Almost 400 investigations were opened by the Energy Ombudsman into Economy Energy in November 2018.

Matthew Vickers, chief executive and chief ombudsman at the Energy Ombudsman, said the ombudsman had seen a “significant increase” in complaints about the energy company, which Ofgem has banned from taking on new customers.

Vickers said 399 investigations were opened into the Coventry-based energy supplier in November, compared to just 112 in January of the same year.

He added: “Common issues include disputed account balances, failure to issue refunds and concerns over billing delays.

“It’s really important that consumers are made aware of their right to bring unresolved complaints to us.

“It’s also important that businesses implement our decisions in full and put things right for their customers.

“On the back of information we have provided, Ofgem has identified that Economy Energy urgently needs to address both of these areas.

“We are keen and ready to work with Economy Energy to help improve its complaint handling and customer service, as we are with all energy suppliers.”

The ombudsman’s comments follow the news that the supplier has been banned from taking on new customers for at least three months.

Alex Neill, managing director of home products and services at consumer group Which?, said: “Economy Energy rated poorly in our most recent annual customer survey.

“Energy customers shouldn’t have to suffer shoddy service, billing and payment problems, or poor complaints handling, so it’s right that the regulator is stepping in.

“The company must now ensure it improves for the long term otherwise the regulator will need to go further to protect consumers.”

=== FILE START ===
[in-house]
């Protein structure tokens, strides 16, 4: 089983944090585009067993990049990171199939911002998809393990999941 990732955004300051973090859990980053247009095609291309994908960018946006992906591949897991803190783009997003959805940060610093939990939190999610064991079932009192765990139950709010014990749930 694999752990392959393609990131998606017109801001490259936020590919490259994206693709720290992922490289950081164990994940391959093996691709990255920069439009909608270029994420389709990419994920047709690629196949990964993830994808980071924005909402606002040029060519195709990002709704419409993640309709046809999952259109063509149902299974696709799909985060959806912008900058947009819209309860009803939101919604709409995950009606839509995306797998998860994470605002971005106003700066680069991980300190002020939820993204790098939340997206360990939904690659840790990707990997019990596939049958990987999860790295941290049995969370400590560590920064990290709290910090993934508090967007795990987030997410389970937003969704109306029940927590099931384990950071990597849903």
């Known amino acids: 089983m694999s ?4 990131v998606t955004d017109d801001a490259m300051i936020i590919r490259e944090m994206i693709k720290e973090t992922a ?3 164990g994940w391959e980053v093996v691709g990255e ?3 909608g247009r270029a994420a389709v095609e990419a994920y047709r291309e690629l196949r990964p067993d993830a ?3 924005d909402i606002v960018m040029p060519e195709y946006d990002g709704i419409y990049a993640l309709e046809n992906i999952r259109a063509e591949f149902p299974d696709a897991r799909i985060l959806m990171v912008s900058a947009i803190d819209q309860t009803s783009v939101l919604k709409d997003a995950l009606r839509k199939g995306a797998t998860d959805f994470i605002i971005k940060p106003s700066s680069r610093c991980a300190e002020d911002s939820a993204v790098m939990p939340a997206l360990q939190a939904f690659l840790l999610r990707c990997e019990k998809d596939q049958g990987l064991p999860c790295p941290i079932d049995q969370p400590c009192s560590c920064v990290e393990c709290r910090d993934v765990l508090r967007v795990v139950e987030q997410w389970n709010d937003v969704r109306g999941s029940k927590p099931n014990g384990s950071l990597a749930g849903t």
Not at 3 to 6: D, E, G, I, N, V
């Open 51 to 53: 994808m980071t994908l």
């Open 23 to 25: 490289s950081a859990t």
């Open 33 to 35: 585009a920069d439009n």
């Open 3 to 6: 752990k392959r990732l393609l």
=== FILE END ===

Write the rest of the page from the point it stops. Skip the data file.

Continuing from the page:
Economy Energy also scored poorly in the most recent customer service rating table from Citizens Advice. The supplier scored just 2.4 stars out of five. 

Meanwhile in December 2017, Citizens Advice revealed Economy Energy finished bottom of its league table of energy suppliers for the second consecutive quarter.

The firm received a score of 1.8 out of five for its customer service for the period from June to September 2017.

Industry regulator Ofgem recently announced the supplier was under investigation and was one of the 14 companies which failed to pay its renewables obligation (RO) by the 31 October 2018 late payment deadline.

Economy was shown to owe £15,650,999.63 in RO payments and £1,413,304.97 in RO Scotland payments.

According to Companies House, Economy Energy has extended its accounting reference period from the end of March to the end of September last year. The company’s next set of results is now due by 30 June 2019.

An industry source previously told Utility Week that the sudden change could be a sign the company is facing financial difficulties.

A statement published on Economy’s website towards the end of last year said: “In response to the recent speculation and circulating misinformation, we would like to provide assurance that we at Economy Energy have no intention of closing our doors.

“We will pay our outstanding ROCs obligation in full, business will continue as usual for our customers.

“We would like to thank customers for their loyalty and continued support.”